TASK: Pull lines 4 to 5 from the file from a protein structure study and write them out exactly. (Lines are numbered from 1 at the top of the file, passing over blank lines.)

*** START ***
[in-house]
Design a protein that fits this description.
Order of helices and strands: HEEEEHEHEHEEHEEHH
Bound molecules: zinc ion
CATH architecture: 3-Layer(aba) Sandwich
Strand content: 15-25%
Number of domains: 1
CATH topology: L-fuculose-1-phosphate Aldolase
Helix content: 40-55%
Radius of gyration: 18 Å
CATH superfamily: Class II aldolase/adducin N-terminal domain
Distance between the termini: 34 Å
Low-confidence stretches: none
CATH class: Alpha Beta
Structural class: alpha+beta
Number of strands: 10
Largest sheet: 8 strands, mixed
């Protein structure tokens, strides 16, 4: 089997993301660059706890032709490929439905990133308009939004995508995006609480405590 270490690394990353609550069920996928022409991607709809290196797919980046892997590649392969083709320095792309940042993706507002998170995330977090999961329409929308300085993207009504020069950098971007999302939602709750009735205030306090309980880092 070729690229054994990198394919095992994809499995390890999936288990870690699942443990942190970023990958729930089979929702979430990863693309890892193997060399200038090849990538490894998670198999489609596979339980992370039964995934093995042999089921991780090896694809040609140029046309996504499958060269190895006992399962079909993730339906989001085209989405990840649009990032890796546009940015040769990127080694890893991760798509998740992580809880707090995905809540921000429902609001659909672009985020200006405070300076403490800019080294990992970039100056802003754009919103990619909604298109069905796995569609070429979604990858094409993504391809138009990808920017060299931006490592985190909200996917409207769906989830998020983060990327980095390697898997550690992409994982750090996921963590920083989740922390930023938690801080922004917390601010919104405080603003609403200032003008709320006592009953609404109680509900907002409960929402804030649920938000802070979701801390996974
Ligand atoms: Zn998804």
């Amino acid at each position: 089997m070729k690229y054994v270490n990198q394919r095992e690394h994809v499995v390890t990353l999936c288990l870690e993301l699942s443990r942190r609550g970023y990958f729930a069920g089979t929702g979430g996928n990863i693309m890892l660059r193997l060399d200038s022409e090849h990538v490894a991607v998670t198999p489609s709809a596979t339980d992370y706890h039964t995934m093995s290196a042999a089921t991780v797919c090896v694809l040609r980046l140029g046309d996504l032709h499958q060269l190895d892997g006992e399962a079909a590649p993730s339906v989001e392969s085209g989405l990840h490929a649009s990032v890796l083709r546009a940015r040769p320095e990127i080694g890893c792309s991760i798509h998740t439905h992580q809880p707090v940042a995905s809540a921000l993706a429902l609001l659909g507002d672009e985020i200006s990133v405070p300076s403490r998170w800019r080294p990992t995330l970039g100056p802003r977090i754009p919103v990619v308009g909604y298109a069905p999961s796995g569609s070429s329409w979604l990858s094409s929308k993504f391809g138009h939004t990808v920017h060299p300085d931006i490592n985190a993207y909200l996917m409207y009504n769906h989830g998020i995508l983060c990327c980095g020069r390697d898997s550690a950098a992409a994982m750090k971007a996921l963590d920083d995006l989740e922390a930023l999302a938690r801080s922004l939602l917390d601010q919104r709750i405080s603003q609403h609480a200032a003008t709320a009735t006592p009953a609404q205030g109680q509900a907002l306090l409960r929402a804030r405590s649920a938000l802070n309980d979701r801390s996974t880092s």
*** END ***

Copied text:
Bound molecules: zinc ion
CATH architecture: 3-Layer(aba) Sandwich